The three questions an awakened person asks at the time of his or her death are very simple:
“Did I love well?”
“Did I live fully?”
“Did I learn to let go?”
They don't usually ask “How much is in my bank account?” or “How many books did I write?” or “What did I build?". Not surprising.
When we consider loving well and living fully, we can see the ways our attachments and fears limited us, and we can see the many opportunities for our hearts to open.
At the end of our life, we may have what is called a crash course in letting go. Sooner or later we have to learn to let go and allow the changing mystery of life to move through us without our fearing it, without holding and grasping.
Letting go and moving through life from one change to another brings maturity. In the end we discover that 'to love' and 'let go' can be the same thing. Both allow us to touch each moment of life and be there fully for whatever arises next.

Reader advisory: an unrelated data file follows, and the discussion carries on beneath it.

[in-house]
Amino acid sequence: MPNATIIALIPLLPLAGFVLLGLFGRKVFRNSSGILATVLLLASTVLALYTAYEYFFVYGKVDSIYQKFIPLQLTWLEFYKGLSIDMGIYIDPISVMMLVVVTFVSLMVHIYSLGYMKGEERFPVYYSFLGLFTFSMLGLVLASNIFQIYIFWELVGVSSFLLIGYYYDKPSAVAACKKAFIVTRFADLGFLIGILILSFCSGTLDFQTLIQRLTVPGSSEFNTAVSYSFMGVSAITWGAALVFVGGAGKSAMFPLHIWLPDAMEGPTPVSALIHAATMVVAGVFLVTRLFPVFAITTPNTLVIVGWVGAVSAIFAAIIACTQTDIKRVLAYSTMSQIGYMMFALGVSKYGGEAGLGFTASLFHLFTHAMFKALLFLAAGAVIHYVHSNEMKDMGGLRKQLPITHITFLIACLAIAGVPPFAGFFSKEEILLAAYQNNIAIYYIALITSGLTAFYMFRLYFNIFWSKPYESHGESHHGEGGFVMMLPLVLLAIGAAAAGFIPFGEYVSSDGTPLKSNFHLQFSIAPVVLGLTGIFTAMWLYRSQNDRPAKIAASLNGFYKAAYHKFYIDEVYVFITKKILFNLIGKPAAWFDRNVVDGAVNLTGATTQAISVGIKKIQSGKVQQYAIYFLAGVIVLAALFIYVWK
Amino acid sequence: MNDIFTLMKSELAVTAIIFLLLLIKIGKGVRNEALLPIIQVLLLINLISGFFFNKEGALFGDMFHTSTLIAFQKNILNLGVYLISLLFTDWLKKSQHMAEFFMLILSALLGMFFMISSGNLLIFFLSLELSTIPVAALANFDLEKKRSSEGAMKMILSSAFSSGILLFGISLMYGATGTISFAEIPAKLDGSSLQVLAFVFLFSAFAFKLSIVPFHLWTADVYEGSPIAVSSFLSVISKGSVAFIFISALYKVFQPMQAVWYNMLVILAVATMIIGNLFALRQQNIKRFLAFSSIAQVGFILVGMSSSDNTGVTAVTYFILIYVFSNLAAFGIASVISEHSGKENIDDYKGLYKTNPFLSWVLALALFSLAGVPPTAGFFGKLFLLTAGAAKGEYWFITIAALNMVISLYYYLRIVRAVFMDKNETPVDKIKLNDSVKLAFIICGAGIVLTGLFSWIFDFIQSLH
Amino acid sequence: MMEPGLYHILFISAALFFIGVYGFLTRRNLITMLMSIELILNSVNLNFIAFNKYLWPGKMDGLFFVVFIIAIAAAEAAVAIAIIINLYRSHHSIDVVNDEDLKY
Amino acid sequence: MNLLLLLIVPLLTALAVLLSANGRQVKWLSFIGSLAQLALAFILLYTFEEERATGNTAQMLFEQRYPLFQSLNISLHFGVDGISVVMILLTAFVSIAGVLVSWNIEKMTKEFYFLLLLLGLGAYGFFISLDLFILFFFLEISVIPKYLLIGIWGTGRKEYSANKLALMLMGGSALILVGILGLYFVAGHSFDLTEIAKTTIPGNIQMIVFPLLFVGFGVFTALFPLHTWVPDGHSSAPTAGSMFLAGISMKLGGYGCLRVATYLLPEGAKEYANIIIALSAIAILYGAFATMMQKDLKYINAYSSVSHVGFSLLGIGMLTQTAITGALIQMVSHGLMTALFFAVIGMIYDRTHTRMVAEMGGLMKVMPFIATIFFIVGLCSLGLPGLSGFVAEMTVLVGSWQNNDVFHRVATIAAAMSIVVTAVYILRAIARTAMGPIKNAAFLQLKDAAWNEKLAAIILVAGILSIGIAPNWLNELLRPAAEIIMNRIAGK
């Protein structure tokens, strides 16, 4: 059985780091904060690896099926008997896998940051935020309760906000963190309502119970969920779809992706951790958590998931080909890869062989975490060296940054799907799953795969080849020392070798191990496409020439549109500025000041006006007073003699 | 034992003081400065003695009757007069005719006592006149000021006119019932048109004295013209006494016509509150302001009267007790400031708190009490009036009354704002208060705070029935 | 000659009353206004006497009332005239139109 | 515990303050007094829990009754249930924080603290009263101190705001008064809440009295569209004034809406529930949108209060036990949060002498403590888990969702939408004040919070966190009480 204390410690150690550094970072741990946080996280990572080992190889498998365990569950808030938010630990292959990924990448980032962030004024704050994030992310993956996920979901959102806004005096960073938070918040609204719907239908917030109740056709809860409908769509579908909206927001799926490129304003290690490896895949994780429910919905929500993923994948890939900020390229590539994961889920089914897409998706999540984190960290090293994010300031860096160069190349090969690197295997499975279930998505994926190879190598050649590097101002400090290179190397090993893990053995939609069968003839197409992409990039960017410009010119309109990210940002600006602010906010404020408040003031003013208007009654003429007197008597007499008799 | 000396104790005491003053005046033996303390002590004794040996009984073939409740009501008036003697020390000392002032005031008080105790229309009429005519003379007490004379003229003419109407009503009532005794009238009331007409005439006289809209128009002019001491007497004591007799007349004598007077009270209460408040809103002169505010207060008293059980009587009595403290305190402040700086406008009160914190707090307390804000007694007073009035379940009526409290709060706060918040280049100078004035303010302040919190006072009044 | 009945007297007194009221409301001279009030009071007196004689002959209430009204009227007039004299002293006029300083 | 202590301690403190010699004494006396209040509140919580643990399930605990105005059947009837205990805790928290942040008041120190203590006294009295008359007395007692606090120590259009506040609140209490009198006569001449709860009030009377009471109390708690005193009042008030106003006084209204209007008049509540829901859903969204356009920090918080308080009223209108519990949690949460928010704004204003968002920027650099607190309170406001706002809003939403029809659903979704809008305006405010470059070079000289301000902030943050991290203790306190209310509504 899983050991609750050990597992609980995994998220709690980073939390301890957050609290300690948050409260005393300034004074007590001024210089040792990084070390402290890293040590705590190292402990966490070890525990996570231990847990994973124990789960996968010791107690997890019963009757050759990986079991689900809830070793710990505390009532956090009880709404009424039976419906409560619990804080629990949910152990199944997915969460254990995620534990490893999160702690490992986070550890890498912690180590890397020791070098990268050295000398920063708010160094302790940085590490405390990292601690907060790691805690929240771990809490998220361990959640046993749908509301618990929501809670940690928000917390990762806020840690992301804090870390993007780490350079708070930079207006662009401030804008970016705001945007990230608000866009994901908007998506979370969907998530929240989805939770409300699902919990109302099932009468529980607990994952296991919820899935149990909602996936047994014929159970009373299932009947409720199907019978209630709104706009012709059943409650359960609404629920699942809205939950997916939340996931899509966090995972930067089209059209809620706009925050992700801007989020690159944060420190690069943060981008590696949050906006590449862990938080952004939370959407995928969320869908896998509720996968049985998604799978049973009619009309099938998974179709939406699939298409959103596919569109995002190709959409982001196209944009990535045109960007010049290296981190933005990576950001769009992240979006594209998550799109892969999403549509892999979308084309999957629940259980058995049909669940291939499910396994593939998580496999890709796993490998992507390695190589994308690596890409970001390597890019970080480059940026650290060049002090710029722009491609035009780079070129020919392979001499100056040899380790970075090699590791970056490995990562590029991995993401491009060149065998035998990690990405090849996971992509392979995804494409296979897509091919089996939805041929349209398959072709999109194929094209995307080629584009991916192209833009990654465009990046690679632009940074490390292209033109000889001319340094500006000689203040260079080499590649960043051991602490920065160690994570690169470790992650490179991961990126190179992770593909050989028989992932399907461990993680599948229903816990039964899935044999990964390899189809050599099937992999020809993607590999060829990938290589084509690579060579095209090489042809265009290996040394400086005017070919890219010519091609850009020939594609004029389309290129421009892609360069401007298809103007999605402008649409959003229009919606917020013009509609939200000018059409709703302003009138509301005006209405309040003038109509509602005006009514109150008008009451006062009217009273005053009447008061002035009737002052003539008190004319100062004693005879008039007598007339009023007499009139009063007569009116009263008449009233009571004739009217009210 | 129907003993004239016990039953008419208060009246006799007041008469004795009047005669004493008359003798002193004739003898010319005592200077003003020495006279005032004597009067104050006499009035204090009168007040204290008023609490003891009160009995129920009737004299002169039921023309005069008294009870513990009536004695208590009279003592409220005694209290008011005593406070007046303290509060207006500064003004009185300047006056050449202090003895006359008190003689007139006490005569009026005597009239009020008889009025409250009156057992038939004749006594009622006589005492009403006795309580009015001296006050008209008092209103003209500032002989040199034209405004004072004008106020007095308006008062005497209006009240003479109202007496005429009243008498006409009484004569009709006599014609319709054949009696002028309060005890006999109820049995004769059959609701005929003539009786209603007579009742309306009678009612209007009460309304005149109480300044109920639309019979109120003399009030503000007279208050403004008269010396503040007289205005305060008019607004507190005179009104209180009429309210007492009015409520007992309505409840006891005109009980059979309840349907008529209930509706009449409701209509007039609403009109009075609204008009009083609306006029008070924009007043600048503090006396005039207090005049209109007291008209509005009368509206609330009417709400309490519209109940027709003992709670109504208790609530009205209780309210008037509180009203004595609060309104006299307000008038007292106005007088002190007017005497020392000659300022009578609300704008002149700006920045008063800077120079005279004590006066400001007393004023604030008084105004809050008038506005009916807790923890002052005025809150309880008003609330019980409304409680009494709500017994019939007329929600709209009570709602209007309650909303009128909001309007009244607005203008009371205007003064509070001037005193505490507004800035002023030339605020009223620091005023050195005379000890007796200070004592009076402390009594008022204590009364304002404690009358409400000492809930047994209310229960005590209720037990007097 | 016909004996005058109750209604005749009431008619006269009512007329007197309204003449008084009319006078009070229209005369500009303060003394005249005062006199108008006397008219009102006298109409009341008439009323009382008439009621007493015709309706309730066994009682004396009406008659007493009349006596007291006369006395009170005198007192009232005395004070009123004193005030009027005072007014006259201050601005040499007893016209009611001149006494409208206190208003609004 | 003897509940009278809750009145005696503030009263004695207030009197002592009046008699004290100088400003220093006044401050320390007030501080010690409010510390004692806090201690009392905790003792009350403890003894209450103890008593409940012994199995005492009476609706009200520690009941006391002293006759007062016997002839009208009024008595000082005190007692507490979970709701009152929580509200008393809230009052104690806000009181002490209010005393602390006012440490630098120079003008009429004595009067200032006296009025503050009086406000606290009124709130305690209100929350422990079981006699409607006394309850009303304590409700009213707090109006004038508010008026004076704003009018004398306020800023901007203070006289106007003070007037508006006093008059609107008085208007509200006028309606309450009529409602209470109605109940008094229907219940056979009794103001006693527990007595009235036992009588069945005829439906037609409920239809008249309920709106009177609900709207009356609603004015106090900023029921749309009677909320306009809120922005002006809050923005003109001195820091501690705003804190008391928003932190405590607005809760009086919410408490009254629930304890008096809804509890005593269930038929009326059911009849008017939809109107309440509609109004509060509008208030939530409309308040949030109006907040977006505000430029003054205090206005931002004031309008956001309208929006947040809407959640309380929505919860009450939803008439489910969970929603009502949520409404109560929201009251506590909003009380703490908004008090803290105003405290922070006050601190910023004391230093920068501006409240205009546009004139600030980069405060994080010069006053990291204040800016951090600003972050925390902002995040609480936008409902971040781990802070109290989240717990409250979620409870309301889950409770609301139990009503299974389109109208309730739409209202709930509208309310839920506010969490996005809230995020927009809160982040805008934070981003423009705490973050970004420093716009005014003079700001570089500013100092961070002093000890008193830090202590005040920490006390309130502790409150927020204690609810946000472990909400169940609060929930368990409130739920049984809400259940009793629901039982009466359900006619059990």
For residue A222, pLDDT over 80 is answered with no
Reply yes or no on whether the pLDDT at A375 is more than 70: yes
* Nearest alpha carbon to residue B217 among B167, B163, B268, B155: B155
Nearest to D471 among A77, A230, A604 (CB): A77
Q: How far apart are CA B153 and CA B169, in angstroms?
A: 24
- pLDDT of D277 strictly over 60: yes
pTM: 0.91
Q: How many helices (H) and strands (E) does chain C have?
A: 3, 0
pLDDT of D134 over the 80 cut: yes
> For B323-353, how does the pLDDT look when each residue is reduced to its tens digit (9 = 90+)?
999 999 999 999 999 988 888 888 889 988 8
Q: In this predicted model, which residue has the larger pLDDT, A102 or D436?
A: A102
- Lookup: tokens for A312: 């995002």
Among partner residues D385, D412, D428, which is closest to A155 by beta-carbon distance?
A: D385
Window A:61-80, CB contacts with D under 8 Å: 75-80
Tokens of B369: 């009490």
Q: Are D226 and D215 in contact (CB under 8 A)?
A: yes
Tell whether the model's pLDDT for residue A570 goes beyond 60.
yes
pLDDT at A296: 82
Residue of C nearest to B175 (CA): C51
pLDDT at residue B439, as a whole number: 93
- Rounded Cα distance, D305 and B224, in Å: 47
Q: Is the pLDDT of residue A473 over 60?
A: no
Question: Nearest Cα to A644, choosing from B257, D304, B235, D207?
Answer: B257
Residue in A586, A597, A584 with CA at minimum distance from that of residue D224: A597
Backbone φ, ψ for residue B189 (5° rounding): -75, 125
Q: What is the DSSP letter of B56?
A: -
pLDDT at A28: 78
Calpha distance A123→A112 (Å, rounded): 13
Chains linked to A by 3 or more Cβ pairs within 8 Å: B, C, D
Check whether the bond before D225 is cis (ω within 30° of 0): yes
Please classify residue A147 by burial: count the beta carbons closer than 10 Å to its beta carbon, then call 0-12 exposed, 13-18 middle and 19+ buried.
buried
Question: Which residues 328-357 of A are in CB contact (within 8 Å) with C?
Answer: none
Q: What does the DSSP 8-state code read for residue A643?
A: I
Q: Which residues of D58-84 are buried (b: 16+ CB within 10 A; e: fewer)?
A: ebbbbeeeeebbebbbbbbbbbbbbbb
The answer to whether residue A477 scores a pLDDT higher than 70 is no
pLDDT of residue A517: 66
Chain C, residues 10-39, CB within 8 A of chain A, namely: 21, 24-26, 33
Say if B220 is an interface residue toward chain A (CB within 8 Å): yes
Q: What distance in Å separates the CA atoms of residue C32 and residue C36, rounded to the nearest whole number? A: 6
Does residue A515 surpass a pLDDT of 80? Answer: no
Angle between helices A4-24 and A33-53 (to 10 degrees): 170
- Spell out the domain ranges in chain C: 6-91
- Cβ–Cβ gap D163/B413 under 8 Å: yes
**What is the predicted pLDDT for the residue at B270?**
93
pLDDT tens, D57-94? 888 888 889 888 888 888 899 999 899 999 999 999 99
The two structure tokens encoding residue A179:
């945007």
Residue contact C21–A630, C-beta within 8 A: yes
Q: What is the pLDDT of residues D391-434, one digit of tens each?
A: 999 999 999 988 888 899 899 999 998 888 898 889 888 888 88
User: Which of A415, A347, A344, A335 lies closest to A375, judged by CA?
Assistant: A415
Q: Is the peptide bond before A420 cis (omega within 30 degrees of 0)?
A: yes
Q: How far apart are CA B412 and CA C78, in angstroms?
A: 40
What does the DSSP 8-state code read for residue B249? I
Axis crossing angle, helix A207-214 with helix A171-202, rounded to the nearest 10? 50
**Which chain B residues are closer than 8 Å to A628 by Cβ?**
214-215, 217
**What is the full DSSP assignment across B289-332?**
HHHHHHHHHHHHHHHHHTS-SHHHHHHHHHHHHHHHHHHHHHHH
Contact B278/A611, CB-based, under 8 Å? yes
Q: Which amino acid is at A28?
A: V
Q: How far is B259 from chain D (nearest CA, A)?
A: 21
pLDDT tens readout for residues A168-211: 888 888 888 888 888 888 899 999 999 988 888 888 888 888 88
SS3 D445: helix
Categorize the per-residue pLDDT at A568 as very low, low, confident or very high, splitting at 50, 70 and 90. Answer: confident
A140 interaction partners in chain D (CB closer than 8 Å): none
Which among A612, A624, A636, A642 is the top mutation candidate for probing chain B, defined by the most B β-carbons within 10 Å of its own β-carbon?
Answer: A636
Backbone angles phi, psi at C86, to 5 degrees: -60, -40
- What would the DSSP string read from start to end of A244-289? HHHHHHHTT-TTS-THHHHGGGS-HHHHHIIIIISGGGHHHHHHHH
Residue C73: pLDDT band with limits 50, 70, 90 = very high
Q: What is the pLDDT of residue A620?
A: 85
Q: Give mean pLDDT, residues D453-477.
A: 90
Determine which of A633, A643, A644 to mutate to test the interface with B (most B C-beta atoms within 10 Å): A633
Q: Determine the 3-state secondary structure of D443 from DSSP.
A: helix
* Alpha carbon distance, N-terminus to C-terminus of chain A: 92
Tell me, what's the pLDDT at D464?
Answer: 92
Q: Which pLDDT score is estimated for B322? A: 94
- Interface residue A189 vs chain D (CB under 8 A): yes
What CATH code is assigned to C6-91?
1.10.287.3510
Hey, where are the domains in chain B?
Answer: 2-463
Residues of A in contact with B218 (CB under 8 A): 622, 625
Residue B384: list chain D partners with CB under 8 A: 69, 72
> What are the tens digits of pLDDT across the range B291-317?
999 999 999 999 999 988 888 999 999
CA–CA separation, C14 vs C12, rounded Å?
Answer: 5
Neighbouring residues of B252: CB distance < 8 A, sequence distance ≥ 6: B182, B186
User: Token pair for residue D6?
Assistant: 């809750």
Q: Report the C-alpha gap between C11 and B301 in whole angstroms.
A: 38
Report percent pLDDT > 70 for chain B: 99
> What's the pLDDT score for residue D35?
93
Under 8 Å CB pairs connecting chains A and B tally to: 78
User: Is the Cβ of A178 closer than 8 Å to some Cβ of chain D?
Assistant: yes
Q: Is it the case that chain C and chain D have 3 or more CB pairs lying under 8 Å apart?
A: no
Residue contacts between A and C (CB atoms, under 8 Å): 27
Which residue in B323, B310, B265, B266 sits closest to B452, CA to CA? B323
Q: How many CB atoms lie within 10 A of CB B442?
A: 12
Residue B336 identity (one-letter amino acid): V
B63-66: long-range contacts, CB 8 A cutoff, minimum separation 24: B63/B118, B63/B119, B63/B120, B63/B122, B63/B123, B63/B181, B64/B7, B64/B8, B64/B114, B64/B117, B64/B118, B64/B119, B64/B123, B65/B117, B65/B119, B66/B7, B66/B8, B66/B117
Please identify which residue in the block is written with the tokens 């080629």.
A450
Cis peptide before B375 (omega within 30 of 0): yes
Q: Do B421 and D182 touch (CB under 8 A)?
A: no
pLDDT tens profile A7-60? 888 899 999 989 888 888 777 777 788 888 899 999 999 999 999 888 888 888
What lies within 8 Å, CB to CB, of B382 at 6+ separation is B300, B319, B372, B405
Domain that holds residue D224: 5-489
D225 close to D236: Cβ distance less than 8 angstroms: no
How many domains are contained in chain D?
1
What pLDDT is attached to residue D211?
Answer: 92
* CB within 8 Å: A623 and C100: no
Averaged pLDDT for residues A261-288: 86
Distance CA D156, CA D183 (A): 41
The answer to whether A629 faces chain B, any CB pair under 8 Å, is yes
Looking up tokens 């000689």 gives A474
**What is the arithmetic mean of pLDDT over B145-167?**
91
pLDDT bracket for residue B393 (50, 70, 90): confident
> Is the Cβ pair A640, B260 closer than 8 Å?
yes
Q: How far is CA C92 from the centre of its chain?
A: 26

There is an old story about a famous rabbi living in Europe who was visited one day by a man who had travelled by ship from New York to see him. The man came to the great rabbi’s dwelling, a large house on a street in a European city, and was directed to the rabbi’s room, which was in the attic. He entered to find the master living in a room with a bed, a chair, and a few books. The man had expected much more. After greetings, he asked, “Rabbi, where are your things?” The rabbi asked in return, “Well, where are yours?” His visitor replied, “But, Rabbi, I’m only passing through,” and the master answered, “So am I, so am I.”
To love fully and live well requires us to recognise finally that we do not possess or own anything - our homes, our cars, our loved ones, not even our own body. Joy and wisdom do not come through possession but rather through our capacity to open and love more fully.
One great teacher explained it this way: The trouble with you is that you think you have time.” We don’t know how much time we have. What would it be like to live with the knowledge that this may be our last year, our last week, our last day? In light of this question, we can choose a path with heart.
Adapted from A Path with Heart by Jack Kornfield